xenotransplantation

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xenotransplantation

(zĕn′ə-trăns′plăn-tā′shən, zē′nə-)
n.
The surgical transfer of cells, tissues, or especially whole organs from an organism of one species to an organism of a different species.
The transplantation of an organ from a lower mammal—e.g., baboon, pig—to a higher mammal—e.g., human

xenotransplantation

Xenogeneic transplantation Transplant biology The transplantation of cells or tissues from one species to another; the use of live, nonhuman animal cells, tissues, and organs in humans. See Xenograft.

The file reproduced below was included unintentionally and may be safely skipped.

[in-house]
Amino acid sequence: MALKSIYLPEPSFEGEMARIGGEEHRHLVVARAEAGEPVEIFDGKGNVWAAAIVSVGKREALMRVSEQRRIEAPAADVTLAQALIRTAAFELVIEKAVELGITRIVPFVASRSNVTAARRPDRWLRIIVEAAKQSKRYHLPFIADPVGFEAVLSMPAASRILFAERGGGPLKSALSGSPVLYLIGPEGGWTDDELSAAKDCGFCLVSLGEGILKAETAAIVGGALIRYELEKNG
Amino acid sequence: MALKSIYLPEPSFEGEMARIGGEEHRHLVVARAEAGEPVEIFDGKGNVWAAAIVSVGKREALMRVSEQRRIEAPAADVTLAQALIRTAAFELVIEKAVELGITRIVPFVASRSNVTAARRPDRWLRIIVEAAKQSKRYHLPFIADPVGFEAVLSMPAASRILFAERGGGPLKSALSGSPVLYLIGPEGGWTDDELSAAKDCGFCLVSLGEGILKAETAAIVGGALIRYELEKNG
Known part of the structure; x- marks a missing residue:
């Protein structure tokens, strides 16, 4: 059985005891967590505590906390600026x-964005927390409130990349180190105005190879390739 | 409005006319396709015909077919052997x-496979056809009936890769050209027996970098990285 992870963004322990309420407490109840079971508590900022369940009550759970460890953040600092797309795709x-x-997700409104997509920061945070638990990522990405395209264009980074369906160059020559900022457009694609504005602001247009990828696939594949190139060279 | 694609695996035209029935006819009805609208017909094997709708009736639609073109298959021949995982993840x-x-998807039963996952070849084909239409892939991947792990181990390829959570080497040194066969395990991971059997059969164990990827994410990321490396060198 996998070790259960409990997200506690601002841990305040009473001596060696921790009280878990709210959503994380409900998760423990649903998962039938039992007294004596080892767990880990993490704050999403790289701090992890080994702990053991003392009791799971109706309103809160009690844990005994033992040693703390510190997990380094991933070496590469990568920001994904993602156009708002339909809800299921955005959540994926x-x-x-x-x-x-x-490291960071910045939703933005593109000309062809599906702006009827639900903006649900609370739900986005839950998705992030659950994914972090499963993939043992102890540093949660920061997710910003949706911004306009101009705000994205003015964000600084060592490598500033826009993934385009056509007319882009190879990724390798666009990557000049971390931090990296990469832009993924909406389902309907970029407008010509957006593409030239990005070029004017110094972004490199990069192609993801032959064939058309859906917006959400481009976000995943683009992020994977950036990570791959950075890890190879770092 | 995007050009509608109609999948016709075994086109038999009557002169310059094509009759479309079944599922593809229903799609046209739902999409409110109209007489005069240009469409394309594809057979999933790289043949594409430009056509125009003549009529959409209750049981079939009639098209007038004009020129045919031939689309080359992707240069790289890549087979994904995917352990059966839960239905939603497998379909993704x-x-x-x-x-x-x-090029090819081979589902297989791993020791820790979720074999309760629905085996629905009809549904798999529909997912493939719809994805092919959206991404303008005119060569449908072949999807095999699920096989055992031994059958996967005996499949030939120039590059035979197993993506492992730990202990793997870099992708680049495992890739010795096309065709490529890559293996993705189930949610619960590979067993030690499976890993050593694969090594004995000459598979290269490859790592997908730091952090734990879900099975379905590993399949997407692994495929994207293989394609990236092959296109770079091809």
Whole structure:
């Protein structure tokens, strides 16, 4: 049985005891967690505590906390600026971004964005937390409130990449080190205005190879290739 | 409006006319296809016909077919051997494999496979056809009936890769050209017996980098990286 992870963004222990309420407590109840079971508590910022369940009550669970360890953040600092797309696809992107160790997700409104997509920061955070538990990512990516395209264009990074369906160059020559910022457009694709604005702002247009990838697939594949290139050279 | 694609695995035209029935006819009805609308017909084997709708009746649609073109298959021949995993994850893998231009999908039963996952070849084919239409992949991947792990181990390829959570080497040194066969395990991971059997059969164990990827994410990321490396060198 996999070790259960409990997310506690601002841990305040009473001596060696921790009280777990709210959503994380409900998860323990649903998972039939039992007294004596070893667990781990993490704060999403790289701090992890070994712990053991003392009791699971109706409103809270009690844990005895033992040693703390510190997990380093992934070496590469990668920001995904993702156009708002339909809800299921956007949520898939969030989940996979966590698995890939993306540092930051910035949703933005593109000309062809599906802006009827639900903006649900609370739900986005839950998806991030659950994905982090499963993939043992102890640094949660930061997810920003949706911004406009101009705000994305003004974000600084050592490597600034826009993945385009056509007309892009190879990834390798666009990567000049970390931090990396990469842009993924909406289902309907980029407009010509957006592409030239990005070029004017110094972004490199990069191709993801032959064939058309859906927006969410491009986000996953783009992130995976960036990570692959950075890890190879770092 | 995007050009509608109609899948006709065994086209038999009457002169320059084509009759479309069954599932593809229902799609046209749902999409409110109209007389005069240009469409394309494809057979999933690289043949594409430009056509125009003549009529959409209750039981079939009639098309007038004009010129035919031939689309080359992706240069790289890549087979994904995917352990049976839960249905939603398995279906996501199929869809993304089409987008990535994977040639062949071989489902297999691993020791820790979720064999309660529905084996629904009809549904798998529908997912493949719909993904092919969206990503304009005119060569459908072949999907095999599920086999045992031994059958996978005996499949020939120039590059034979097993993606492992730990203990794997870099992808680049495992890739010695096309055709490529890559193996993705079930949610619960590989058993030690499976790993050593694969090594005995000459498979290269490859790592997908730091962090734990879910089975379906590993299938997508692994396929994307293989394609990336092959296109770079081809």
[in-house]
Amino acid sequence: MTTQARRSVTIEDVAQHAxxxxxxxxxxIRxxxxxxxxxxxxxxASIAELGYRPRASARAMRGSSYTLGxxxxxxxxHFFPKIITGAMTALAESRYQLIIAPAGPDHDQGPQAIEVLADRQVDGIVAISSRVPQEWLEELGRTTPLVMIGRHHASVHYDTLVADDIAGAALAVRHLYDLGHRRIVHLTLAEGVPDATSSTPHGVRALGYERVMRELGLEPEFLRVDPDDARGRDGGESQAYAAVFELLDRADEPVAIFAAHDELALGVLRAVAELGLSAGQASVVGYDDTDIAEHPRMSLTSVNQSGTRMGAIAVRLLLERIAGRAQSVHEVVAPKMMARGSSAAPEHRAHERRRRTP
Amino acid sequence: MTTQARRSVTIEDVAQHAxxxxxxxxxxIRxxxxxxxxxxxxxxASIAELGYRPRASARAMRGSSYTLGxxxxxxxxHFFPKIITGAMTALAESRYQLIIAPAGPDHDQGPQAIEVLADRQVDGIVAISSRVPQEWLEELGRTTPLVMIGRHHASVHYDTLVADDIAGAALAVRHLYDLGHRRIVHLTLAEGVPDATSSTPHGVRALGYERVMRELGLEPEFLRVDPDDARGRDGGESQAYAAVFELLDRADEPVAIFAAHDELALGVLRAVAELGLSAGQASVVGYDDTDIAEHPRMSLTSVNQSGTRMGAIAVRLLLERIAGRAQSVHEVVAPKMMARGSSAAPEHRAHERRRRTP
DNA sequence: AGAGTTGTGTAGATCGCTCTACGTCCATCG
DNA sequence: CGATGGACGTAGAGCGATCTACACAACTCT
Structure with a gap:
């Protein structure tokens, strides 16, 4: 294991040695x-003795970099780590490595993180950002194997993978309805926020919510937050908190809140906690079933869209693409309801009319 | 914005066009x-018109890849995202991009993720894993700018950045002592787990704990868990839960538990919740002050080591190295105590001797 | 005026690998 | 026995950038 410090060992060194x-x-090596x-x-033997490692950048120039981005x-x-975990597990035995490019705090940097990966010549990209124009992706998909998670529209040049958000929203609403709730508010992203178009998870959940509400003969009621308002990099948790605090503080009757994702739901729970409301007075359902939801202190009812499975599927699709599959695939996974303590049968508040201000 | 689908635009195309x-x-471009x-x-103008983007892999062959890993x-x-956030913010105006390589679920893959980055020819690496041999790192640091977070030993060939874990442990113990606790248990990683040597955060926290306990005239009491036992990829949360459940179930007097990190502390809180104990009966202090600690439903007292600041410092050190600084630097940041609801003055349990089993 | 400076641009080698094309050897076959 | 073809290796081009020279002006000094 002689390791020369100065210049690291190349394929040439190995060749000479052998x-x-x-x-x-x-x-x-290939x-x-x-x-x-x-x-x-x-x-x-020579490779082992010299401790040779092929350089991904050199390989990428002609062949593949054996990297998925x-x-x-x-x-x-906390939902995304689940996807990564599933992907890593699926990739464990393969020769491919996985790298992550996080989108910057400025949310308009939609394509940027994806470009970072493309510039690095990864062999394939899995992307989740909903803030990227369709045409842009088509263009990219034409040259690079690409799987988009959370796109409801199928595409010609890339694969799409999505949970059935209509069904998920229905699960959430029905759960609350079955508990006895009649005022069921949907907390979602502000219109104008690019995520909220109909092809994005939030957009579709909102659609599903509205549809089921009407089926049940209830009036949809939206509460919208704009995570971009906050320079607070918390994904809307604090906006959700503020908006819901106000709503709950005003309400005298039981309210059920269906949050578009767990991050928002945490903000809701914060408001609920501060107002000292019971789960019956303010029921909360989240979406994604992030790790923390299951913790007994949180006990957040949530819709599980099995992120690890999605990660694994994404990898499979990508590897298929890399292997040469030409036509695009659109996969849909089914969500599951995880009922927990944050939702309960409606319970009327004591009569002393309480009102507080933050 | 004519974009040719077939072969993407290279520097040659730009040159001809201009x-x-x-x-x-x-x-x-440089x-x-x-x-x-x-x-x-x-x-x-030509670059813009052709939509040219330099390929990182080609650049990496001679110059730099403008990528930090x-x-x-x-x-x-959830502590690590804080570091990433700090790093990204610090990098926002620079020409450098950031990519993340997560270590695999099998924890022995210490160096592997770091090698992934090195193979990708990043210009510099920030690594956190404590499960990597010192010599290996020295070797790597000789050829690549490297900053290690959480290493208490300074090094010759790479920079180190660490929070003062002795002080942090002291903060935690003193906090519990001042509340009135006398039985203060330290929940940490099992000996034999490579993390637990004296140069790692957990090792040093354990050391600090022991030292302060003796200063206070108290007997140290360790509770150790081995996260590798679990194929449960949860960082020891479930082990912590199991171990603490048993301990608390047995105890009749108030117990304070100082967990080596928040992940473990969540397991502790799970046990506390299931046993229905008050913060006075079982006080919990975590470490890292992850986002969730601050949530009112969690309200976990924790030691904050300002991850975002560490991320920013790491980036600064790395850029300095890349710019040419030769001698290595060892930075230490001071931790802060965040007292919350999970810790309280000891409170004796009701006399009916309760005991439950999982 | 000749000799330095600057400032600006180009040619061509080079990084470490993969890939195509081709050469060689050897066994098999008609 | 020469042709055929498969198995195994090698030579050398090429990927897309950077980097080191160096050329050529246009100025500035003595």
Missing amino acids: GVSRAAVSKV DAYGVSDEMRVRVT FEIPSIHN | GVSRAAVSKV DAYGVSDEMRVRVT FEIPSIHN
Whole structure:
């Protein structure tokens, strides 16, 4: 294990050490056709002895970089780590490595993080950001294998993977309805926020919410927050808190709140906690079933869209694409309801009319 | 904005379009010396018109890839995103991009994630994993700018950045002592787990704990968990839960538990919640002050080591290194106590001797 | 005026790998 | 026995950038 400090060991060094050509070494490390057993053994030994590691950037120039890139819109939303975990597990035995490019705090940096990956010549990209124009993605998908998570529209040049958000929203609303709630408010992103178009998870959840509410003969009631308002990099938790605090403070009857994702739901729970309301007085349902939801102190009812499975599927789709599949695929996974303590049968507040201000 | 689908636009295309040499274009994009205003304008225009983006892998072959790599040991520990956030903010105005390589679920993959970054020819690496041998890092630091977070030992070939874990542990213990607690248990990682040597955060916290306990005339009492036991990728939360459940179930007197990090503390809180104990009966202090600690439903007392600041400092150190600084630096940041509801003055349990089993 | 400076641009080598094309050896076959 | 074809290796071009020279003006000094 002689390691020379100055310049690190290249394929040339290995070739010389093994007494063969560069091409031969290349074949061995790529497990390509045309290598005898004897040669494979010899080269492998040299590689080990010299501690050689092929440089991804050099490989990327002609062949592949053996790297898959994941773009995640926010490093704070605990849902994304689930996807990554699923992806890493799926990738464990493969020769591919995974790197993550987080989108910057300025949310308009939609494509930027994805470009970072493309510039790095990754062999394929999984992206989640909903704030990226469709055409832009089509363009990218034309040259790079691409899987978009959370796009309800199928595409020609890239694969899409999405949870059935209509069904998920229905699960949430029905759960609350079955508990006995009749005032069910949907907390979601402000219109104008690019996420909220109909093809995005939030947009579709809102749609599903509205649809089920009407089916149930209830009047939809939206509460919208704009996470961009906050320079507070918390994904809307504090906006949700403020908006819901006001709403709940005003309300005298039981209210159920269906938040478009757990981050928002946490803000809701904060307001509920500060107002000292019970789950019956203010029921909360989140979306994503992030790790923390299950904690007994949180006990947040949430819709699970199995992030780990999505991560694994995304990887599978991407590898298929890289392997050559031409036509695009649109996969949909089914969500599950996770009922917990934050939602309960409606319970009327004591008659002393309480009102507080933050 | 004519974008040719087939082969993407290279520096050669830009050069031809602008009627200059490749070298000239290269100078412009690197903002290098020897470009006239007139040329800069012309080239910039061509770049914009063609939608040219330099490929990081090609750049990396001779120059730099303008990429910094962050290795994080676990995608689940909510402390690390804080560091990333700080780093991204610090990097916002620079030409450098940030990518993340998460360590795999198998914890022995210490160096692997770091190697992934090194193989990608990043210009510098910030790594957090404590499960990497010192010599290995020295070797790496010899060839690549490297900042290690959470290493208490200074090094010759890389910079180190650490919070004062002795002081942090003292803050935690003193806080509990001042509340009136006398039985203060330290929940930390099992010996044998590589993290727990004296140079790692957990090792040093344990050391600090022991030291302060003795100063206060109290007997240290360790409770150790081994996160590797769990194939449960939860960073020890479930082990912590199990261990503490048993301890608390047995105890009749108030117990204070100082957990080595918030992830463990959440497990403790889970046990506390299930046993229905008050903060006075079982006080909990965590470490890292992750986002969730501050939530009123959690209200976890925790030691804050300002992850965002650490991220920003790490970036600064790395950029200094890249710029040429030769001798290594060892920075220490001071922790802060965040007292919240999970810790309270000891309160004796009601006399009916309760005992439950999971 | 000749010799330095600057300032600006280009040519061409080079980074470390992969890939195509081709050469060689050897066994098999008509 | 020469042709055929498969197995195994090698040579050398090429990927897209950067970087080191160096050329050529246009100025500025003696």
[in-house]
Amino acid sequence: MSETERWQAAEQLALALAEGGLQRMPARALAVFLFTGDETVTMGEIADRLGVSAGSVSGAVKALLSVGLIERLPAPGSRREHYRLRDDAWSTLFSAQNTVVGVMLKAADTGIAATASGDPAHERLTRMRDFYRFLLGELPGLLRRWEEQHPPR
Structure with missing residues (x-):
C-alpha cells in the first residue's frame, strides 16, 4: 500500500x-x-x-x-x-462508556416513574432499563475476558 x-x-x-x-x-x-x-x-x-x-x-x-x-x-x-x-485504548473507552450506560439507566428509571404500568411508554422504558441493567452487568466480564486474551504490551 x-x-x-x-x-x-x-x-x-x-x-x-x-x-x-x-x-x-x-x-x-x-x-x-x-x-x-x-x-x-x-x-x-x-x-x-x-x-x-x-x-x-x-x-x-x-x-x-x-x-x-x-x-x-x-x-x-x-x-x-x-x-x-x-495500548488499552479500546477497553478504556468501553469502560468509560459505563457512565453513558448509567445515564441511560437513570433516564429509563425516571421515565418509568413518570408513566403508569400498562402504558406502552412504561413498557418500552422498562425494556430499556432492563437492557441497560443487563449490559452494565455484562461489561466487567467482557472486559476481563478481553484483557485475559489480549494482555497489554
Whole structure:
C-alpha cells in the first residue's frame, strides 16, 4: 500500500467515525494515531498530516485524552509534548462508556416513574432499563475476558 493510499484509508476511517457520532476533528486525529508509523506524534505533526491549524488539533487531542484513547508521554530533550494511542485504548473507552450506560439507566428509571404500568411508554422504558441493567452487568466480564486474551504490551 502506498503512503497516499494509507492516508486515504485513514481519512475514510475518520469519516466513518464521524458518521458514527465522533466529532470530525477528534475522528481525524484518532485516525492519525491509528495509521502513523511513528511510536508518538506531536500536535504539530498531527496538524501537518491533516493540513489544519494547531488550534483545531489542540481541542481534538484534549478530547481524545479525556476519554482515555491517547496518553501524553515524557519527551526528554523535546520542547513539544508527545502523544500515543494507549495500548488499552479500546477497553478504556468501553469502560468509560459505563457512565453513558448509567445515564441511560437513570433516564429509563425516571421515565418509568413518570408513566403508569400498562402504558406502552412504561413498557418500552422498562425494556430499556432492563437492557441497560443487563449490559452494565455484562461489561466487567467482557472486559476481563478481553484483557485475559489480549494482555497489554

xenotransplantation

Transplantation of organs from animals, usually transgenic animals, especially pigs, specifically engineered for the purpose. Until recently, no transplanted pig organ had survived for more than a month. But advances in the development of new immunosuppressive agents against xenografts and the identification of the main target for human xenoreactive (anti-pig) antibodies have extended this period to an average of 76 days. Precautions can also be taken against virus transmission. The future for xenotransplantation seems bright.

xenotransplantation

the transplantation of an organ or tissue from an animal of one species to an animal of a different species.
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